On the EP We Had A Good Thing Goin’ on Spin label.
Melbourne singer Ronnie Burns emerged in 1964 as a member of Beatles influenced band The Flies, and went on to a successful solo career. After signing with Spin he benefited from his association with The Bee Gees, and he had several charting singles, usually with original songs by Australian songwriters.
Nowadays, Ronnie Burns lives in Tasmania, where he and his wife Maggie run the Appin Hall Children’s Foundation, their non-profit organization for children in crisis and distress.
From the 60s to the 90s, Ronnie hosted and produced several television programs, including his own creation, Prophecy & Prediction – Threat or Warning? In the late 90s he joined fellow music stars Russell Morris and Darryl Cotton to form Burns, Cotton & Morris. Along the way he ran an architectural and design company and wrote The Australian House Book.
In 2001, Ronnie was the subject of This Is Your Life, for which 2 million people tuned in to the Nine Network.
Track on Decca album Two Of A Kind by twin brothers who had eight minor hits as Paul & Barry Ryan 1965-1967, followed by Barry Ryan’s #2 UK hit Eloise (1968), written by Paul.
Further reading: Album review and career notes at Anorak Thing.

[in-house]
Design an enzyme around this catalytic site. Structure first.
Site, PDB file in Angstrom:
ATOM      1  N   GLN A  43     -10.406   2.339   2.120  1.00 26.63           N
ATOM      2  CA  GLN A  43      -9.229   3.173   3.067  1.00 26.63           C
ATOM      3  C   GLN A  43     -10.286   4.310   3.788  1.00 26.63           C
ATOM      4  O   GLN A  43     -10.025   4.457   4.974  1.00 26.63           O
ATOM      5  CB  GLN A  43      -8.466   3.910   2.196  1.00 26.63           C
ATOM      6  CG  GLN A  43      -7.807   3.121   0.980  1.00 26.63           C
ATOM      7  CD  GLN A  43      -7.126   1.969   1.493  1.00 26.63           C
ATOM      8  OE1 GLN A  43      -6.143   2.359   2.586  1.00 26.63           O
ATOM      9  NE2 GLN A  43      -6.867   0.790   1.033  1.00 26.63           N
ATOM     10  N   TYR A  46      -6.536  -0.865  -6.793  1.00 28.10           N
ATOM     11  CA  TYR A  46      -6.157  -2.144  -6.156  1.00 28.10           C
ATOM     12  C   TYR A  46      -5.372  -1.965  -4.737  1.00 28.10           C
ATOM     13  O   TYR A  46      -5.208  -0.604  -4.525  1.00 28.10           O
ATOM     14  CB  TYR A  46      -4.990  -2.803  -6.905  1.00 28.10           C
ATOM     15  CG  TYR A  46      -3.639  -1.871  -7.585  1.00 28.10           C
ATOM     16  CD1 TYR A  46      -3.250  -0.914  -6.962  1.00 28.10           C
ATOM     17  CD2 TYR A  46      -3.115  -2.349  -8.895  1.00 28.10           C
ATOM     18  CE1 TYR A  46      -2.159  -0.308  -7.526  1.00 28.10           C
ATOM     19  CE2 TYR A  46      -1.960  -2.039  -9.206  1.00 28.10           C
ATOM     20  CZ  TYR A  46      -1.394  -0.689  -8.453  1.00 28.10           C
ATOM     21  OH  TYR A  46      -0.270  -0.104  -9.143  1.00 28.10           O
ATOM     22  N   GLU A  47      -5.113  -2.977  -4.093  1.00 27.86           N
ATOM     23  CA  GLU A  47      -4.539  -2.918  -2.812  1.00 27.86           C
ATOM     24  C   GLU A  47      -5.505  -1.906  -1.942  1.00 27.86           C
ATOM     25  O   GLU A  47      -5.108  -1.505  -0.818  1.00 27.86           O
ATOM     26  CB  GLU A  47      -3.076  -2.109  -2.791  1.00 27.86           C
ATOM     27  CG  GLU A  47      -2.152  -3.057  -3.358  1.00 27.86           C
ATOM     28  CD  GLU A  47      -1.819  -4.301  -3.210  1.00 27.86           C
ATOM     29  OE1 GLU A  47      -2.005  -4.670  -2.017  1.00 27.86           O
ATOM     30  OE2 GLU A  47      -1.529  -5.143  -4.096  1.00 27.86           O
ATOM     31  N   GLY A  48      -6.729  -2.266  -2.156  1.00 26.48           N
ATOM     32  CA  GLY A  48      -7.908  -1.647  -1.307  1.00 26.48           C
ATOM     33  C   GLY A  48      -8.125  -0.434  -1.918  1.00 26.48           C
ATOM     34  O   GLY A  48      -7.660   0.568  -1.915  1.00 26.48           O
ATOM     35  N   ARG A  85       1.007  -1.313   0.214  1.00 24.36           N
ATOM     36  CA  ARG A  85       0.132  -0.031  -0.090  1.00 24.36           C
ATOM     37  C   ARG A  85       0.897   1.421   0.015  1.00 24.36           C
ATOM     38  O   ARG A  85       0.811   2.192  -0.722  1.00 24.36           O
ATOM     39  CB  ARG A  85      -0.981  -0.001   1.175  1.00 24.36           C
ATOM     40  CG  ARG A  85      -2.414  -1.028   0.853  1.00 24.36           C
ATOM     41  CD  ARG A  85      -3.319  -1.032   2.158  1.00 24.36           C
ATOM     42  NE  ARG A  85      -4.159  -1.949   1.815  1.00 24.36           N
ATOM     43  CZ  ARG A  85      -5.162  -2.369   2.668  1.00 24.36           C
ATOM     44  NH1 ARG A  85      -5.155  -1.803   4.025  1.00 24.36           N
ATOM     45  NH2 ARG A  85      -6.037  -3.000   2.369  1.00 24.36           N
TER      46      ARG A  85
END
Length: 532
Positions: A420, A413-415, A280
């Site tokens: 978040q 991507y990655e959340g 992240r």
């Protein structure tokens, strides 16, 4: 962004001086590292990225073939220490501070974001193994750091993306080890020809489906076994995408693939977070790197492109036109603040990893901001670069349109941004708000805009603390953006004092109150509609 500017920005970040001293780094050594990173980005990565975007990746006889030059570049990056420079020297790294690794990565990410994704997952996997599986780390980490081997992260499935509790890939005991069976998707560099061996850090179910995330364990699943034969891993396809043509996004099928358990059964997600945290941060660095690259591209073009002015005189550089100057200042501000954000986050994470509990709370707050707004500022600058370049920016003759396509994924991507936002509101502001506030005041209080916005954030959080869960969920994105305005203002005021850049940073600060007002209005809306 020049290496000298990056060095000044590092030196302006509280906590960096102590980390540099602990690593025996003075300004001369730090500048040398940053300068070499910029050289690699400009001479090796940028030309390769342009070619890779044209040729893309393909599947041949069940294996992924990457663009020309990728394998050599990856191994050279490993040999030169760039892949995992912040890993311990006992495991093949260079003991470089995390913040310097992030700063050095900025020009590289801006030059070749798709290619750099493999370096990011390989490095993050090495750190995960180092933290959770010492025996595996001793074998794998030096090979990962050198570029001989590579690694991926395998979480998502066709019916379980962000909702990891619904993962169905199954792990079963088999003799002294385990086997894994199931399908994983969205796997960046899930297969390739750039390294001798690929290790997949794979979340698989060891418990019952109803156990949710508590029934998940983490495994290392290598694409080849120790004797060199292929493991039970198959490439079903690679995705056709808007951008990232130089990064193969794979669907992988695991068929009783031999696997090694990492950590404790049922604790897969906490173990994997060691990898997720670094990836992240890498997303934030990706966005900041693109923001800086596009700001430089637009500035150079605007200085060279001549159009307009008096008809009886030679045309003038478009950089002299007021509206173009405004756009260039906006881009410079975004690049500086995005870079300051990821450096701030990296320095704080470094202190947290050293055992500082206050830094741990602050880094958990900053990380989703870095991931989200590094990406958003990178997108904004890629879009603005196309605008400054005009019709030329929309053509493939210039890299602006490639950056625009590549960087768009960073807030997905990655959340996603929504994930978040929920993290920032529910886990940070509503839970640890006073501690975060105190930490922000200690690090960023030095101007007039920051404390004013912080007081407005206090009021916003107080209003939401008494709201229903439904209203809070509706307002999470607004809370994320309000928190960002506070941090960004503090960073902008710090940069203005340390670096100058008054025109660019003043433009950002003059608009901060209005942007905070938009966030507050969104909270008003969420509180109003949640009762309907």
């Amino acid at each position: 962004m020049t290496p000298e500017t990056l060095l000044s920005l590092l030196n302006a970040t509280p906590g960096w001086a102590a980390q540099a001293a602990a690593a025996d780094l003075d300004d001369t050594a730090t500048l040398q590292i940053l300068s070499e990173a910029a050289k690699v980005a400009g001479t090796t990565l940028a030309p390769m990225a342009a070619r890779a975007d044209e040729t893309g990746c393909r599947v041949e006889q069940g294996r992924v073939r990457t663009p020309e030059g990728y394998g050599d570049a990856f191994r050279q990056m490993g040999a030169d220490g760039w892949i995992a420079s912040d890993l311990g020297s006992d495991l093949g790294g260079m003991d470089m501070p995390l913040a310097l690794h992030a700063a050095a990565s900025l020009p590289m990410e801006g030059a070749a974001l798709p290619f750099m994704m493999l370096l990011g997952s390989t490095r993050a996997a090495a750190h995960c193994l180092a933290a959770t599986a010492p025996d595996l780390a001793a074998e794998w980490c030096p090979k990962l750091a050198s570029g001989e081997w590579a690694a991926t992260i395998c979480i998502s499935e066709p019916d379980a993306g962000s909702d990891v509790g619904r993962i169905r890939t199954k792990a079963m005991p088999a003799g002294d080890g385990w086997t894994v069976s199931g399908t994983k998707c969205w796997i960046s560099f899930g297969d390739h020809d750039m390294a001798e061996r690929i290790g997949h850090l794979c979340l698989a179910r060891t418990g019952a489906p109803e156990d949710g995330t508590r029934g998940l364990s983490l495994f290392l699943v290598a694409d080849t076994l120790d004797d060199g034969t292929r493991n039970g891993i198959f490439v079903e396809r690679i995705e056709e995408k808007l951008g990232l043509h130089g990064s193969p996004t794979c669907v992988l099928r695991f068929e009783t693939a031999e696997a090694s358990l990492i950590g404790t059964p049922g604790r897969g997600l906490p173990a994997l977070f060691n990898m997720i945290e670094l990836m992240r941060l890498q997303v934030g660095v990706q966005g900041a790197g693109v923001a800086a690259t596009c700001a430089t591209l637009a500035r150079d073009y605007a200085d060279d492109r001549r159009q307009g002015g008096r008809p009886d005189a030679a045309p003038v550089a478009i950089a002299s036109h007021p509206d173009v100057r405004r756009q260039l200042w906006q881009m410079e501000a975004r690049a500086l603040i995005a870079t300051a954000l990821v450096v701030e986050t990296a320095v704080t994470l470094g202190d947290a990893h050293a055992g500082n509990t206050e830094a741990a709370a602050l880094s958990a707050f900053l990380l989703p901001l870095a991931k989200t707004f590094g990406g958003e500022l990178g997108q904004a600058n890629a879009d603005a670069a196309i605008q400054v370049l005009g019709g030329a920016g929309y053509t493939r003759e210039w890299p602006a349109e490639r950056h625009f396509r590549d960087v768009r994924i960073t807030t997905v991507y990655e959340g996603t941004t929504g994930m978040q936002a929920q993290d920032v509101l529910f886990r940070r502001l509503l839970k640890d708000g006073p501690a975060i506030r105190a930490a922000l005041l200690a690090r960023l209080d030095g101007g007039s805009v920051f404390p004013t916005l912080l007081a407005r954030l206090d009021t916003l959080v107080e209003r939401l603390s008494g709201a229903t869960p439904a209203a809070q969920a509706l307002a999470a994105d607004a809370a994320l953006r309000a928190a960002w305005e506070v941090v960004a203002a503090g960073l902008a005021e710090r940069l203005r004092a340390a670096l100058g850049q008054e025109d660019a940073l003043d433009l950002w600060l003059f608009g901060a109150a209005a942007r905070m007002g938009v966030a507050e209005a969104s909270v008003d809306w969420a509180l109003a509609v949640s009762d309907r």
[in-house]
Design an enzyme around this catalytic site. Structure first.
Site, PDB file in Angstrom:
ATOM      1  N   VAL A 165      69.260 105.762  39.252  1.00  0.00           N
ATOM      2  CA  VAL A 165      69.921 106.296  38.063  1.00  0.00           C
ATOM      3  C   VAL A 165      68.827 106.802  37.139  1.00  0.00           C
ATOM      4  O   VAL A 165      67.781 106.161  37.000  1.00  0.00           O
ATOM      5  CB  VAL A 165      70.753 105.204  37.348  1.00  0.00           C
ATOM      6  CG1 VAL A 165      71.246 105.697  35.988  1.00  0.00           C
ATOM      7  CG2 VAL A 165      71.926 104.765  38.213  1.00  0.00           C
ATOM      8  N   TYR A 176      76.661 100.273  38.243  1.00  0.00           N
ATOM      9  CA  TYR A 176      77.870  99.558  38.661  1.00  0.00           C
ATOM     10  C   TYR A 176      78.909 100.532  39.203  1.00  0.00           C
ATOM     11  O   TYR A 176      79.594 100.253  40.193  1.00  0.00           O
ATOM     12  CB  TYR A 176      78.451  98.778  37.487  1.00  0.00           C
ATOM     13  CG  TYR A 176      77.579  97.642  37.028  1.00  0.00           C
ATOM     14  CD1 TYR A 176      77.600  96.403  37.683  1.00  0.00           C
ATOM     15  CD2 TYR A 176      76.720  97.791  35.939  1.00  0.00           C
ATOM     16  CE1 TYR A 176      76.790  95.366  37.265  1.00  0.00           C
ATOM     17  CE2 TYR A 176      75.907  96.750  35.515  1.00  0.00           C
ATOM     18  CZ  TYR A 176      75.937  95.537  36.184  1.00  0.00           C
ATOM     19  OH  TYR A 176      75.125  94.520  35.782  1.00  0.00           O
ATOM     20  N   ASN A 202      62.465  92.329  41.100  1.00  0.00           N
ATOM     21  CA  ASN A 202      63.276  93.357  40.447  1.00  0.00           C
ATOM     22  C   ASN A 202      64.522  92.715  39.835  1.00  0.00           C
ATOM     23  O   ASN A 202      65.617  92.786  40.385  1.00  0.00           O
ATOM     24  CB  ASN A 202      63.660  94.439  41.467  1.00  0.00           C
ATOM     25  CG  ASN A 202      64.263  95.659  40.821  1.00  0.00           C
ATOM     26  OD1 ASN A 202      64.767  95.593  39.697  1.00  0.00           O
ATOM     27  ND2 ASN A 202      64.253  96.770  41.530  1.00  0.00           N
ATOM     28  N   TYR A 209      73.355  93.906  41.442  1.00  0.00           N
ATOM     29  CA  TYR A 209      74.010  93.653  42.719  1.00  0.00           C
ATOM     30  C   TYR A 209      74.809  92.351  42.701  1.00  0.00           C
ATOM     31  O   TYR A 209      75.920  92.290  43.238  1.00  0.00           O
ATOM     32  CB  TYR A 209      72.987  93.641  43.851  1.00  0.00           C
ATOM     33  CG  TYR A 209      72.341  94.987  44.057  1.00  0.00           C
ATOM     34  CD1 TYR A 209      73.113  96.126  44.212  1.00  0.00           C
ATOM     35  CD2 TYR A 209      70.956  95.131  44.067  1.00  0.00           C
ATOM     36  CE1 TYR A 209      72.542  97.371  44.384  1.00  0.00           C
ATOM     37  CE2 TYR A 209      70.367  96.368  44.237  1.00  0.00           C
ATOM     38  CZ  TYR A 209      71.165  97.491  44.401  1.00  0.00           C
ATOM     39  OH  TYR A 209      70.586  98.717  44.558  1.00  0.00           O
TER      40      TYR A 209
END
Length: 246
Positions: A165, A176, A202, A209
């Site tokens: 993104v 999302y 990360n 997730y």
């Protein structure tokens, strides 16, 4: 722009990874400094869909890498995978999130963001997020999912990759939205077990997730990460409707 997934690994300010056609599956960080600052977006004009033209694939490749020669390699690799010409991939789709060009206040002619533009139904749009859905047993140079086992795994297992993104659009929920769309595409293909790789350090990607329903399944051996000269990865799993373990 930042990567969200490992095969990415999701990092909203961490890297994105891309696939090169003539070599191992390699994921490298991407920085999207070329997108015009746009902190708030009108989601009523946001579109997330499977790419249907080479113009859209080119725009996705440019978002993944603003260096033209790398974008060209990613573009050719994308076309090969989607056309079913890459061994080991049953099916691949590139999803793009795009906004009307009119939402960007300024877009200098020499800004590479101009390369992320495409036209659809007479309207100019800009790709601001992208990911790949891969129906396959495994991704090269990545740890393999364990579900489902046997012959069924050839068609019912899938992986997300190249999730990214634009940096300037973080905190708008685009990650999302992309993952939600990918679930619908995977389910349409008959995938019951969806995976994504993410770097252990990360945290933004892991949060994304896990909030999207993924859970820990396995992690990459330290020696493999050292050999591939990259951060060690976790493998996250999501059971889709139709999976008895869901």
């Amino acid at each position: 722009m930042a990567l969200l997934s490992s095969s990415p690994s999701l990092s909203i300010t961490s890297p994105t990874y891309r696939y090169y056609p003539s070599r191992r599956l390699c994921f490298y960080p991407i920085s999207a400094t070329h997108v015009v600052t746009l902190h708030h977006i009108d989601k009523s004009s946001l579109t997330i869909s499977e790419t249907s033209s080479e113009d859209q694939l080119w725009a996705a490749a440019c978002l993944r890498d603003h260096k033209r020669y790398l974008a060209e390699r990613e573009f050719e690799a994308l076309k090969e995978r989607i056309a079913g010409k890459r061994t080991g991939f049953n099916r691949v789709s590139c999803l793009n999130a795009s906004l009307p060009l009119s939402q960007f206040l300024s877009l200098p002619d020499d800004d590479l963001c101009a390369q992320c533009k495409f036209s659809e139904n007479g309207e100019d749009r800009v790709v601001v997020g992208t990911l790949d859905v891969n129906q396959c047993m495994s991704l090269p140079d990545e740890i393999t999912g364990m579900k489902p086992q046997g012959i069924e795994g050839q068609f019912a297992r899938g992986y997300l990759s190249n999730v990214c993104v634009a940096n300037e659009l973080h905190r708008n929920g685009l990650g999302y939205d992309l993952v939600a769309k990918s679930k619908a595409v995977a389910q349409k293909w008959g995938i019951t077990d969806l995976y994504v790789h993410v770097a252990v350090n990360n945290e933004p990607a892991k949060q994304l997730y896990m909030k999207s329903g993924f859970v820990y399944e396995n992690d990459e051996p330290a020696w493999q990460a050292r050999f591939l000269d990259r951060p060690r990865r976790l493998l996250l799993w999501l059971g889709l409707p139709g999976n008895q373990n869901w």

Single on RCA.
The Sidekicks had changed their name from The Redcoats, a manufactured attempt at creating an American-grown British Invasion-style band.
Brothers Zac and Randy Bocel became Redcoats after auditioning for Mike Burke and John Spirt, the other two band members, and the band was produced by Steven Rappaport.
Steven Rappaport and John Spirt were cousins who had been in The Randells with Steven’s brother Robert, and had charted with the sci-fi dance novelty The Martian Hop in 1963 (#35 USA, also a hit in Australia).
An album by The Redcoats remained unreleased until 2001 (Meet The Redcoats: Finally) but as The Sidekicks they released one album on RCA in the 60s.
On the Warner Brothers album Two Yanks In London, recorded in London (also released as a single). Eight of the album's twelve tracks were contributed by The Hollies, about half of them also released by The Hollies themselves, including Fifi The Flea. See Richie Unterberger's notes for a reissue of Two Yanks In London.
On the 1966 album Would You Believe, also on the 1966 US album Beat Group!
Fifi The Flea was written by Allan Clarke, Tony Hicks and Graham Nash of The Hollies, credited to the collective name of Lee Ransford.